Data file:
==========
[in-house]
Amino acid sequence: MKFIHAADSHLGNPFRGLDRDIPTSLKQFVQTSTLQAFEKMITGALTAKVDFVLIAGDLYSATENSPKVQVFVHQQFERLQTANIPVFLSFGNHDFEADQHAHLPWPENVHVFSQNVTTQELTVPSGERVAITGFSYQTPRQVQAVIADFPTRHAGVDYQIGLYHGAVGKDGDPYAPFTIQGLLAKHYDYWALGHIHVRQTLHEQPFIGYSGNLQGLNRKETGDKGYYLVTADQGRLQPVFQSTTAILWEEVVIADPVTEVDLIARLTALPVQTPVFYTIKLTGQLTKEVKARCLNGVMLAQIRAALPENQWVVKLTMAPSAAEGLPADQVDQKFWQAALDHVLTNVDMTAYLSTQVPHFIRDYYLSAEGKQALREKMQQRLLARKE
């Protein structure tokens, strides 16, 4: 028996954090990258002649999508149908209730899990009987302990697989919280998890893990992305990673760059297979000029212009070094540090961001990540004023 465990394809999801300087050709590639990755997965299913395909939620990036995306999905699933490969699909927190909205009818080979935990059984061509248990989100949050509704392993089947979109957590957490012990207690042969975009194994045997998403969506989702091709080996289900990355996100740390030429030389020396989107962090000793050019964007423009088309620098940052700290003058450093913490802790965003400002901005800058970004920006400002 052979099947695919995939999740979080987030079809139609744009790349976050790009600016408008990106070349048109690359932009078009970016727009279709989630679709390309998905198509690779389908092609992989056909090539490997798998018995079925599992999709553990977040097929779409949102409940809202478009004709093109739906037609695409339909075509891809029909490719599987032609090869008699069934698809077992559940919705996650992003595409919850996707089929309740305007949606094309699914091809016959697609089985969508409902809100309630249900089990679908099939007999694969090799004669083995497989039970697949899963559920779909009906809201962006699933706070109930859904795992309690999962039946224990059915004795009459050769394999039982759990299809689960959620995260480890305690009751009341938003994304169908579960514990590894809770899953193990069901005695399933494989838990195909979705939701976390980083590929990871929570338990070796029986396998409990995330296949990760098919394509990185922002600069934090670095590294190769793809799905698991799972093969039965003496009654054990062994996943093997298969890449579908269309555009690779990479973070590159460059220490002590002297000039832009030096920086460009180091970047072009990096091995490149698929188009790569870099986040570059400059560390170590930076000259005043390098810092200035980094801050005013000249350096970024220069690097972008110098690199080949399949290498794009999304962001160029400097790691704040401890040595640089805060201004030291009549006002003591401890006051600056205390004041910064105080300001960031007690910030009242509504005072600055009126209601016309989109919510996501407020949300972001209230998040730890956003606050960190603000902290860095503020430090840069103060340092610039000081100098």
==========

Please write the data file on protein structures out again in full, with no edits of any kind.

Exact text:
[in-house]
Amino acid sequence: MKFIHAADSHLGNPFRGLDRDIPTSLKQFVQTSTLQAFEKMITGALTAKVDFVLIAGDLYSATENSPKVQVFVHQQFERLQTANIPVFLSFGNHDFEADQHAHLPWPENVHVFSQNVTTQELTVPSGERVAITGFSYQTPRQVQAVIADFPTRHAGVDYQIGLYHGAVGKDGDPYAPFTIQGLLAKHYDYWALGHIHVRQTLHEQPFIGYSGNLQGLNRKETGDKGYYLVTADQGRLQPVFQSTTAILWEEVVIADPVTEVDLIARLTALPVQTPVFYTIKLTGQLTKEVKARCLNGVMLAQIRAALPENQWVVKLTMAPSAAEGLPADQVDQKFWQAALDHVLTNVDMTAYLSTQVPHFIRDYYLSAEGKQALREKMQQRLLARKE
């Protein structure tokens, strides 16, 4: 028996954090990258002649999508149908209730899990009987302990697989919280998890893990992305990673760059297979000029212009070094540090961001990540004023 465990394809999801300087050709590639990755997965299913395909939620990036995306999905699933490969699909927190909205009818080979935990059984061509248990989100949050509704392993089947979109957590957490012990207690042969975009194994045997998403969506989702091709080996289900990355996100740390030429030389020396989107962090000793050019964007423009088309620098940052700290003058450093913490802790965003400002901005800058970004920006400002 052979099947695919995939999740979080987030079809139609744009790349976050790009600016408008990106070349048109690359932009078009970016727009279709989630679709390309998905198509690779389908092609992989056909090539490997798998018995079925599992999709553990977040097929779409949102409940809202478009004709093109739906037609695409339909075509891809029909490719599987032609090869008699069934698809077992559940919705996650992003595409919850996707089929309740305007949606094309699914091809016959697609089985969508409902809100309630249900089990679908099939007999694969090799004669083995497989039970697949899963559920779909009906809201962006699933706070109930859904795992309690999962039946224990059915004795009459050769394999039982759990299809689960959620995260480890305690009751009341938003994304169908579960514990590894809770899953193990069901005695399933494989838990195909979705939701976390980083590929990871929570338990070796029986396998409990995330296949990760098919394509990185922002600069934090670095590294190769793809799905698991799972093969039965003496009654054990062994996943093997298969890449579908269309555009690779990479973070590159460059220490002590002297000039832009030096920086460009180091970047072009990096091995490149698929188009790569870099986040570059400059560390170590930076000259005043390098810092200035980094801050005013000249350096970024220069690097972008110098690199080949399949290498794009999304962001160029400097790691704040401890040595640089805060201004030291009549006002003591401890006051600056205390004041910064105080300001960031007690910030009242509504005072600055009126209601016309989109919510996501407020949300972001209230998040730890956003606050960190603000902290860095503020430090840069103060340092610039000081100098």